THANKS to Apple, India is considering continuing the duty-free regime on import of components used in mobile phones provided they are for “higher technology” smartphones with a longer lifecycle and with the least hazardous substances.
At an inter-ministerial committee meeting on January 25, there was near unanimity on continuing the existing duty exemptions on import of iPhone kits and consumables — Apple’s key demand for setting up manufacturing facility — but not to the extent of 15 years that Apple demanded, said sources.
The committee’s rationale for assuring duty relief was that since India is saturated with base model phones, it was necessary to rope in high-end mobile manufacturers to provide a fillip to Prime Minister Narendra Modi’s plan to spread digital economy which would require wider penetration of smartphones, they added.
Components used in mobile phones are exempted from basic Customs duty but Apple wanted India’s assurance on continuing the exemption from 12.5 percent countervailing duty (CVD) — levied on imports in lieu of excise duties slapped on locally manufactured products — as three items, which were earlier exempted from CVD, were brought into its ambit last year to encourage local manufacturing.
Apple reportedly said at the meeting that it was concerned over clarity in CVD exemption as its component-makers were unwilling to immediately set up manufacturing in India as they did not see the market here for new products.
The component-makers wanted assurance of a 15-year duty holiday which, Apple said, could eventually be shortened depending on economies of scale and domestic sourcing.
The committee agreed to consider continuing the CVD-free regime provided the components were used for “higher technology” products.
However, it asked Apple to do more due diligence to ascertain the time period for which the duty free regime would be necessary.
Moreover, since it was difficult to define and differentiate “higher technology” products, the panel asked the Ministry of Electronics and Information Technology to evolve product standards in comparison to low-end mobiles which have shorter life cycles with more hazardous ingredients.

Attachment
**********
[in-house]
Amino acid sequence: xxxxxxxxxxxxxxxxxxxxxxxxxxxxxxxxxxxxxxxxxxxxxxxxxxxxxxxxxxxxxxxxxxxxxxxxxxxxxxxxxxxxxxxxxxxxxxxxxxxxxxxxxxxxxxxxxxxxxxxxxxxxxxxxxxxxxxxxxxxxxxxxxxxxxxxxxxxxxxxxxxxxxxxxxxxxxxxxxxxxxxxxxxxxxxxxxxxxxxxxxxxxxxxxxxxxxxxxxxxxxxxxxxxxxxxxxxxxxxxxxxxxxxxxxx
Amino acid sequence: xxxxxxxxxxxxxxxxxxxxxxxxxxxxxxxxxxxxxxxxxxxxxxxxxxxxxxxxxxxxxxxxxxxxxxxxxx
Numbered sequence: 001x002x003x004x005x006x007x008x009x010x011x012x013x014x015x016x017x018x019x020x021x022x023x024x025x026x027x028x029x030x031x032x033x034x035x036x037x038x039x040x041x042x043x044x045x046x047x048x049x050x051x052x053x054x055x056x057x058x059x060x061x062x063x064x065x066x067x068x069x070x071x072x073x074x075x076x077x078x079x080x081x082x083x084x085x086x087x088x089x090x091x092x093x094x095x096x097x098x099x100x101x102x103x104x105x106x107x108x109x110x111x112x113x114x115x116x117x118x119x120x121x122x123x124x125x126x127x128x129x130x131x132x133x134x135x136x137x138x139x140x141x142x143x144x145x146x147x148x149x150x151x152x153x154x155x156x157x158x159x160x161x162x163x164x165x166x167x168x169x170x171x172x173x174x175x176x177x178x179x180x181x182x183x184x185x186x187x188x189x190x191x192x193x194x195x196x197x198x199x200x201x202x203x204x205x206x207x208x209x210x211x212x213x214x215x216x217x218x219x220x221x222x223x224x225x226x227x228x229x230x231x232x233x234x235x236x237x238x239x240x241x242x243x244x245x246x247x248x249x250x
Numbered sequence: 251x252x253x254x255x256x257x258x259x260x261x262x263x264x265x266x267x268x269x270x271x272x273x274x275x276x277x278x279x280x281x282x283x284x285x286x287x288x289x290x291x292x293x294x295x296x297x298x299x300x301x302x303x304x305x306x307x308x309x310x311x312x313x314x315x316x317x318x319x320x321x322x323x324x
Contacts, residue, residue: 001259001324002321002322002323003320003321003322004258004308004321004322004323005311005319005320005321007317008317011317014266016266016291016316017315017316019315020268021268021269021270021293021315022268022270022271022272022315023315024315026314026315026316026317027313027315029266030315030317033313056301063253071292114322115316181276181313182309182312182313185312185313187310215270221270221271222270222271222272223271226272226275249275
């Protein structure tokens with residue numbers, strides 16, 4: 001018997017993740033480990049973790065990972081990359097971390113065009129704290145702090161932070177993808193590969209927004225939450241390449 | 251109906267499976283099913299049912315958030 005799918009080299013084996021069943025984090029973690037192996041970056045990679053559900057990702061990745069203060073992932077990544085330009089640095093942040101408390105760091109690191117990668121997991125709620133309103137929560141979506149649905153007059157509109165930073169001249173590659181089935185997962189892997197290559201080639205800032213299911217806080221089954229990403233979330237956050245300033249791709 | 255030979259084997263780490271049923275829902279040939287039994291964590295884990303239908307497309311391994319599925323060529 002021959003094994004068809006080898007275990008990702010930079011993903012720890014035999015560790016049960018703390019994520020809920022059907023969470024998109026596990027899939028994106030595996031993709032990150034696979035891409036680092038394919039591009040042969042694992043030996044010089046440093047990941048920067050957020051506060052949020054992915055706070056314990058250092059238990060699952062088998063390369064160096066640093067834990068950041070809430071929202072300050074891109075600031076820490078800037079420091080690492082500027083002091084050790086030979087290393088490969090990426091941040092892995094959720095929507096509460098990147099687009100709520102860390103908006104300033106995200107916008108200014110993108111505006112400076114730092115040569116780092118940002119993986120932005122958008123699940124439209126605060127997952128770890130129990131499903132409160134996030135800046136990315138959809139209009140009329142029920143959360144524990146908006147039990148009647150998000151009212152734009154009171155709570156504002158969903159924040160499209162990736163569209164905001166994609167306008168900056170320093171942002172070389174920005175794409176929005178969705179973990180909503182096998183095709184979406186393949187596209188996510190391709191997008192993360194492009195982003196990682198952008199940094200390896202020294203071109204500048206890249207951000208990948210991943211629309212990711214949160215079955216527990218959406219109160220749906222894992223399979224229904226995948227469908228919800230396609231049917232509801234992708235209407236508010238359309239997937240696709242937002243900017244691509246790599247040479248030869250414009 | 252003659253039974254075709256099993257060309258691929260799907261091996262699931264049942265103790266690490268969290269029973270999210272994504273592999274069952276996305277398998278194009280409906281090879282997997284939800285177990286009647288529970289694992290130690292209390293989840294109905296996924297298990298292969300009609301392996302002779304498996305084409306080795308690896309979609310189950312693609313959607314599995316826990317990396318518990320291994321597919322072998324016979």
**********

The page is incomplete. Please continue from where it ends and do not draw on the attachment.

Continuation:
Sources said the committee also agreed to Apple’s call for relaxation under the Export Promotion Capital Goods scheme to allow import of second-hand capital equipment and spares.
And it expressed its openness to removing the present cap of used capital imports of up to 20 percent of total investment — the import limit within which such projects qualify for capital subsidy and refund of central taxes under the modified special incentive package scheme (M-SIPS).
As for allowing its planned manufacturing facility in the Domestic Tariff Area (DTA) to import, repair and re-export of defective units without any constraint on the age of the defective units, it was left to the Ministry of Environment to consider fixing a new age limit.
The argument given was that the residual age limit needed to be increased as life for Apple products was higher. Currently, production units in DTA can only repair products exported from India up to a three-year period.
Other requests such as expeditious processing of Apple’s Advance Pricing Agreement in the Income Tax Department or aligning customs procedures for smoother clearance, declarations and tax payment were considered merely procedural issues that could be fixed, said sources.
California-based Apple said at the meeting that it was keen to initially assemble its iPhone SE model in India, one of the world’s fastest growing smartphone markets where it still has only a tiny market share.